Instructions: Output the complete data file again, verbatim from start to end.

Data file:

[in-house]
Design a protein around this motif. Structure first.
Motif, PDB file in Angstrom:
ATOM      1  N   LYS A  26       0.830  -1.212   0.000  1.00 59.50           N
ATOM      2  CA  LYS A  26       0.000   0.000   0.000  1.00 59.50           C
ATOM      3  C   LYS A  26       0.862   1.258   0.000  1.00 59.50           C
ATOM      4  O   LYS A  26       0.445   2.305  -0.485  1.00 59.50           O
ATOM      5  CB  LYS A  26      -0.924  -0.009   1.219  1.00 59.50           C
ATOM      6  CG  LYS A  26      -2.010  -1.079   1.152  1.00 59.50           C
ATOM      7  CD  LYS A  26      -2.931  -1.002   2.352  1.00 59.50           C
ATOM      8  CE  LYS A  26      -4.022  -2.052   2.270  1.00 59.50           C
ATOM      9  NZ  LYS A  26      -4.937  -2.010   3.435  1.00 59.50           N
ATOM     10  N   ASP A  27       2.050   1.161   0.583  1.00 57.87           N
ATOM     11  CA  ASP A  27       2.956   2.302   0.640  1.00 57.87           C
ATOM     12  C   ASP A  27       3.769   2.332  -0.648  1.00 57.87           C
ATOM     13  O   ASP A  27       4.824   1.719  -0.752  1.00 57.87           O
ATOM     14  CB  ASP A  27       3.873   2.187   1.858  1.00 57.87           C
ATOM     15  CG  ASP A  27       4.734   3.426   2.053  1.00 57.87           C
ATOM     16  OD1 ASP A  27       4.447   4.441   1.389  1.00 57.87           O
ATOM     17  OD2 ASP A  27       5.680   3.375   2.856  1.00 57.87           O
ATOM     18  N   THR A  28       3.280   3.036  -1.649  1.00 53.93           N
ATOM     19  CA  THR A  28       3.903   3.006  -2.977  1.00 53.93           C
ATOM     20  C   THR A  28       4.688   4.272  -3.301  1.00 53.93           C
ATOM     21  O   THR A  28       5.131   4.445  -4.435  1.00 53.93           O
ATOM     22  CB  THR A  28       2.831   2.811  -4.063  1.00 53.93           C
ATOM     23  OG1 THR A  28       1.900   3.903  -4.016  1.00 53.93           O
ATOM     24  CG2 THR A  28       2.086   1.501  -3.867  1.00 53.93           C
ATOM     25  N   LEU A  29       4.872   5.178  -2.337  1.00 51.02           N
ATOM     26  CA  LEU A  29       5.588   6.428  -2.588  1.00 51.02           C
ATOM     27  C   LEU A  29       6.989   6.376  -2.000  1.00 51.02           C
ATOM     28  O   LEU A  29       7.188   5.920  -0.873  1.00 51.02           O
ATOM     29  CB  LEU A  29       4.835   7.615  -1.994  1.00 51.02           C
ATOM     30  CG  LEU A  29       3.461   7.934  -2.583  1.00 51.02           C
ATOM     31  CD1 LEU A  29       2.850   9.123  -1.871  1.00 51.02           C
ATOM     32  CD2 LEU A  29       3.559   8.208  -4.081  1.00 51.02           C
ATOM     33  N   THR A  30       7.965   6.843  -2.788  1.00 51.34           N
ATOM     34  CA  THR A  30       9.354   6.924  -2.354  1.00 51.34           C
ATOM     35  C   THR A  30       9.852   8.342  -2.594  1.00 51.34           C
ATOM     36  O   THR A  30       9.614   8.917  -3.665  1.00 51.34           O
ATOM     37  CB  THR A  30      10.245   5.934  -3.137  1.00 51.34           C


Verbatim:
[in-house]
Design a protein around this motif. Structure first.
Motif, PDB file in Angstrom:
ATOM      1  N   LYS A  26       0.830  -1.212   0.000  1.00 59.50           N
ATOM      2  CA  LYS A  26       0.000   0.000   0.000  1.00 59.50           C
ATOM      3  C   LYS A  26       0.862   1.258   0.000  1.00 59.50           C
ATOM      4  O   LYS A  26       0.445   2.305  -0.485  1.00 59.50           O
ATOM      5  CB  LYS A  26      -0.924  -0.009   1.219  1.00 59.50           C
ATOM      6  CG  LYS A  26      -2.010  -1.079   1.152  1.00 59.50           C
ATOM      7  CD  LYS A  26      -2.931  -1.002   2.352  1.00 59.50           C
ATOM      8  CE  LYS A  26      -4.022  -2.052   2.270  1.00 59.50           C
ATOM      9  NZ  LYS A  26      -4.937  -2.010   3.435  1.00 59.50           N
ATOM     10  N   ASP A  27       2.050   1.161   0.583  1.00 57.87           N
ATOM     11  CA  ASP A  27       2.956   2.302   0.640  1.00 57.87           C
ATOM     12  C   ASP A  27       3.769   2.332  -0.648  1.00 57.87           C
ATOM     13  O   ASP A  27       4.824   1.719  -0.752  1.00 57.87           O
ATOM     14  CB  ASP A  27       3.873   2.187   1.858  1.00 57.87           C
ATOM     15  CG  ASP A  27       4.734   3.426   2.053  1.00 57.87           C
ATOM     16  OD1 ASP A  27       4.447   4.441   1.389  1.00 57.87           O
ATOM     17  OD2 ASP A  27       5.680   3.375   2.856  1.00 57.87           O
ATOM     18  N   THR A  28       3.280   3.036  -1.649  1.00 53.93           N
ATOM     19  CA  THR A  28       3.903   3.006  -2.977  1.00 53.93           C
ATOM     20  C   THR A  28       4.688   4.272  -3.301  1.00 53.93           C
ATOM     21  O   THR A  28       5.131   4.445  -4.435  1.00 53.93           O
ATOM     22  CB  THR A  28       2.831   2.811  -4.063  1.00 53.93           C
ATOM     23  OG1 THR A  28       1.900   3.903  -4.016  1.00 53.93           O
ATOM     24  CG2 THR A  28       2.086   1.501  -3.867  1.00 53.93           C
ATOM     25  N   LEU A  29       4.872   5.178  -2.337  1.00 51.02           N
ATOM     26  CA  LEU A  29       5.588   6.428  -2.588  1.00 51.02           C
ATOM     27  C   LEU A  29       6.989   6.376  -2.000  1.00 51.02           C
ATOM     28  O   LEU A  29       7.188   5.920  -0.873  1.00 51.02           O
ATOM     29  CB  LEU A  29       4.835   7.615  -1.994  1.00 51.02           C
ATOM     30  CG  LEU A  29       3.461   7.934  -2.583  1.00 51.02           C
ATOM     31  CD1 LEU A  29       2.850   9.123  -1.871  1.00 51.02           C
ATOM     32  CD2 LEU A  29       3.559   8.208  -4.081  1.00 51.02           C
ATOM     33  N   THR A  30       7.965   6.843  -2.788  1.00 51.34           N
ATOM     34  CA  THR A  30       9.354   6.924  -2.354  1.00 51.34           C
ATOM     35  C   THR A  30       9.852   8.342  -2.594  1.00 51.34           C
ATOM     36  O   THR A  30       9.614   8.917  -3.665  1.00 51.34           O
ATOM     37  CB  THR A  30      10.245   5.934  -3.137  1.00 51.34           C